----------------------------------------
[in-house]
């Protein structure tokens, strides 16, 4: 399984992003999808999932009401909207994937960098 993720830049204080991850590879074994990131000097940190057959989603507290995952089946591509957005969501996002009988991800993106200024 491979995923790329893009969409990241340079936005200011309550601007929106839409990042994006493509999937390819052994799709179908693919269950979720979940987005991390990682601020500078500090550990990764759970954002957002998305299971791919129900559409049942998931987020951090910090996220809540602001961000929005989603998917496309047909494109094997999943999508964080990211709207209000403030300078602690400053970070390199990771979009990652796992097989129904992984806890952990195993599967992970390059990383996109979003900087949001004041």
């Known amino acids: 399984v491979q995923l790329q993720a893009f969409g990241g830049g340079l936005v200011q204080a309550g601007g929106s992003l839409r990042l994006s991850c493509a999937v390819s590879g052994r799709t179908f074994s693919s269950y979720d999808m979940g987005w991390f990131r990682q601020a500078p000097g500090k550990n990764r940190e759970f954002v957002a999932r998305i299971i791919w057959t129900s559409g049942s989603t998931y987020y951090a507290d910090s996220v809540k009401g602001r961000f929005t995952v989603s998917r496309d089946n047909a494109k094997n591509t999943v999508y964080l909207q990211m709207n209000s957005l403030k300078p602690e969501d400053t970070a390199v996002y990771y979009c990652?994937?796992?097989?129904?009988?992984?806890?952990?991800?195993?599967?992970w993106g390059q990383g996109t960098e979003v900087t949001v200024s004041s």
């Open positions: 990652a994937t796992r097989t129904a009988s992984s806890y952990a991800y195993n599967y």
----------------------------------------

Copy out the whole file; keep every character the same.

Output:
[in-house]
């Protein structure tokens, strides 16, 4: 399984992003999808999932009401909207994937960098 993720830049204080991850590879074994990131000097940190057959989603507290995952089946591509957005969501996002009988991800993106200024 491979995923790329893009969409990241340079936005200011309550601007929106839409990042994006493509999937390819052994799709179908693919269950979720979940987005991390990682601020500078500090550990990764759970954002957002998305299971791919129900559409049942998931987020951090910090996220809540602001961000929005989603998917496309047909494109094997999943999508964080990211709207209000403030300078602690400053970070390199990771979009990652796992097989129904992984806890952990195993599967992970390059990383996109979003900087949001004041």
């Known amino acids: 399984v491979q995923l790329q993720a893009f969409g990241g830049g340079l936005v200011q204080a309550g601007g929106s992003l839409r990042l994006s991850c493509a999937v390819s590879g052994r799709t179908f074994s693919s269950y979720d999808m979940g987005w991390f990131r990682q601020a500078p000097g500090k550990n990764r940190e759970f954002v957002a999932r998305i299971i791919w057959t129900s559409g049942s989603t998931y987020y951090a507290d910090s996220v809540k009401g602001r961000f929005t995952v989603s998917r496309d089946n047909a494109k094997n591509t999943v999508y964080l909207q990211m709207n209000s957005l403030k300078p602690e969501d400053t970070a390199v996002y990771y979009c990652?994937?796992?097989?129904?009988?992984?806890?952990?991800?195993?599967?992970w993106g390059q990383g996109t960098e979003v900087t949001v200024s004041s």
């Open positions: 990652a994937t796992r097989t129904a009988s992984s806890y952990a991800y195993n599967y």